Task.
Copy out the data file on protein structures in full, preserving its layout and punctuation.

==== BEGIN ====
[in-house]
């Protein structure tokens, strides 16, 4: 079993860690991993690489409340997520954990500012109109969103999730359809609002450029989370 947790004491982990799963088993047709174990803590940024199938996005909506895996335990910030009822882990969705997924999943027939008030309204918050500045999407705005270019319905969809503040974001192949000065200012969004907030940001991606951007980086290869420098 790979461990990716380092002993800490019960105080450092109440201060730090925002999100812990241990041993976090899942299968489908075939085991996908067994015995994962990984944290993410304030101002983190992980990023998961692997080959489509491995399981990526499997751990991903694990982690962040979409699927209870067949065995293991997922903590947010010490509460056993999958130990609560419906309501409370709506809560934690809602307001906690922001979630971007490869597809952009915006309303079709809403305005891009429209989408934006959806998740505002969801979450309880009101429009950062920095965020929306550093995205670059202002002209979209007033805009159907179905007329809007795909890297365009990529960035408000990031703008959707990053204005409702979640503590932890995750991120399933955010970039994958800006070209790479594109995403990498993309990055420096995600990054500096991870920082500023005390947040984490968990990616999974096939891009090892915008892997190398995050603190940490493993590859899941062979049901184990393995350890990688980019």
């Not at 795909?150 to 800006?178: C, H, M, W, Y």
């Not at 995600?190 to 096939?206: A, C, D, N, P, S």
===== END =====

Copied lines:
[in-house]
């Protein structure tokens, strides 16, 4: 079993860690991993690489409340997520954990500012109109969103999730359809609002450029989370 947790004491982990799963088993047709174990803590940024199938996005909506895996335990910030009822882990969705997924999943027939008030309204918050500045999407705005270019319905969809503040974001192949000065200012969004907030940001991606951007980086290869420098 790979461990990716380092002993800490019960105080450092109440201060730090925002999100812990241990041993976090899942299968489908075939085991996908067994015995994962990984944290993410304030101002983190992980990023998961692997080959489509491995399981990526499997751990991903694990982690962040979409699927209870067949065995293991997922903590947010010490509460056993999958130990609560419906309501409370709506809560934690809602307001906690922001979630971007490869597809952009915006309303079709809403305005891009429209989408934006959806998740505002969801979450309880009101429009950062920095965020929306550093995205670059202002002209979209007033805009159907179905007329809007795909890297365009990529960035408000990031703008959707990053204005409702979640503590932890995750991120399933955010970039994958800006070209790479594109995403990498993309990055420096995600990054500096991870920082500023005390947040984490968990990616999974096939891009090892915008892997190398995050603190940490493993590859899941062979049901184990393995350890990688980019």
């Not at 795909?150 to 800006?178: C, H, M, W, Y």
């Not at 995600?190 to 096939?206: A, C, D, N, P, S």